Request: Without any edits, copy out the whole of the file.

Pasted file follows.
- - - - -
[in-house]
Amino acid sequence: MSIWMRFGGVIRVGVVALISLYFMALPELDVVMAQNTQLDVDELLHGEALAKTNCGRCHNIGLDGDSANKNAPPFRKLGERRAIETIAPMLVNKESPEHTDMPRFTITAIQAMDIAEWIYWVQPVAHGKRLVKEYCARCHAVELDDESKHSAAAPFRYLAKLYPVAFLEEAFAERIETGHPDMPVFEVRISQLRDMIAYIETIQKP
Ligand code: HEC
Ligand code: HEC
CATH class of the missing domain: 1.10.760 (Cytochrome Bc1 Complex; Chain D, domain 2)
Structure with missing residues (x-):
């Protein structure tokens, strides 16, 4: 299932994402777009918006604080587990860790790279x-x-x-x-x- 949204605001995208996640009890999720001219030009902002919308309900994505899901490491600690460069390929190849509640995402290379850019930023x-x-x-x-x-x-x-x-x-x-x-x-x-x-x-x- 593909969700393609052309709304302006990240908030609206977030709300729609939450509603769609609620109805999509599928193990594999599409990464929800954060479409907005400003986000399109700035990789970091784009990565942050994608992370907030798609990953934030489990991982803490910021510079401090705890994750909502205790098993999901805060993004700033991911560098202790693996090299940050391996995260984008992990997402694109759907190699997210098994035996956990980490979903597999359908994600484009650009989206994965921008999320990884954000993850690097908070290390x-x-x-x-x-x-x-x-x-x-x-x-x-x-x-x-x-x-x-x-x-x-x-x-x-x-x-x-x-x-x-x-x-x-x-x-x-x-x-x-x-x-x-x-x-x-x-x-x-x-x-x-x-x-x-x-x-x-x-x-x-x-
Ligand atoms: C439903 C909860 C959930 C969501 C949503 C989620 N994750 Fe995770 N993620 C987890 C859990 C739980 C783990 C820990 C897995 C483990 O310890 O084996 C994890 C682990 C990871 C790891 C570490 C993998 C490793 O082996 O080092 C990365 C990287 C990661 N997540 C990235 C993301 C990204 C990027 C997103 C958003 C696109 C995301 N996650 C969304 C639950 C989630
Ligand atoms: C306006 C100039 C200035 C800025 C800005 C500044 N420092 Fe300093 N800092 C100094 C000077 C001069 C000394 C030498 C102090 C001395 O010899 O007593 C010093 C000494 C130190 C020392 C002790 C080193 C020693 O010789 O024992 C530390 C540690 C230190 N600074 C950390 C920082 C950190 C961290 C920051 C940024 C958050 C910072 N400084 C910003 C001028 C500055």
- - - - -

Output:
[in-house]
Amino acid sequence: MSIWMRFGGVIRVGVVALISLYFMALPELDVVMAQNTQLDVDELLHGEALAKTNCGRCHNIGLDGDSANKNAPPFRKLGERRAIETIAPMLVNKESPEHTDMPRFTITAIQAMDIAEWIYWVQPVAHGKRLVKEYCARCHAVELDDESKHSAAAPFRYLAKLYPVAFLEEAFAERIETGHPDMPVFEVRISQLRDMIAYIETIQKP
Ligand code: HEC
Ligand code: HEC
CATH class of the missing domain: 1.10.760 (Cytochrome Bc1 Complex; Chain D, domain 2)
Structure with missing residues (x-):
């Protein structure tokens, strides 16, 4: 299932994402777009918006604080587990860790790279x-x-x-x-x- 949204605001995208996640009890999720001219030009902002919308309900994505899901490491600690460069390929190849509640995402290379850019930023x-x-x-x-x-x-x-x-x-x-x-x-x-x-x-x- 593909969700393609052309709304302006990240908030609206977030709300729609939450509603769609609620109805999509599928193990594999599409990464929800954060479409907005400003986000399109700035990789970091784009990565942050994608992370907030798609990953934030489990991982803490910021510079401090705890994750909502205790098993999901805060993004700033991911560098202790693996090299940050391996995260984008992990997402694109759907190699997210098994035996956990980490979903597999359908994600484009650009989206994965921008999320990884954000993850690097908070290390x-x-x-x-x-x-x-x-x-x-x-x-x-x-x-x-x-x-x-x-x-x-x-x-x-x-x-x-x-x-x-x-x-x-x-x-x-x-x-x-x-x-x-x-x-x-x-x-x-x-x-x-x-x-x-x-x-x-x-x-x-x-
Ligand atoms: C439903 C909860 C959930 C969501 C949503 C989620 N994750 Fe995770 N993620 C987890 C859990 C739980 C783990 C820990 C897995 C483990 O310890 O084996 C994890 C682990 C990871 C790891 C570490 C993998 C490793 O082996 O080092 C990365 C990287 C990661 N997540 C990235 C993301 C990204 C990027 C997103 C958003 C696109 C995301 N996650 C969304 C639950 C989630
Ligand atoms: C306006 C100039 C200035 C800025 C800005 C500044 N420092 Fe300093 N800092 C100094 C000077 C001069 C000394 C030498 C102090 C001395 O010899 O007593 C010093 C000494 C130190 C020392 C002790 C080193 C020693 O010789 O024992 C530390 C540690 C230190 N600074 C950390 C920082 C950190 C961290 C920051 C940024 C958050 C910072 N400084 C910003 C001028 C500055």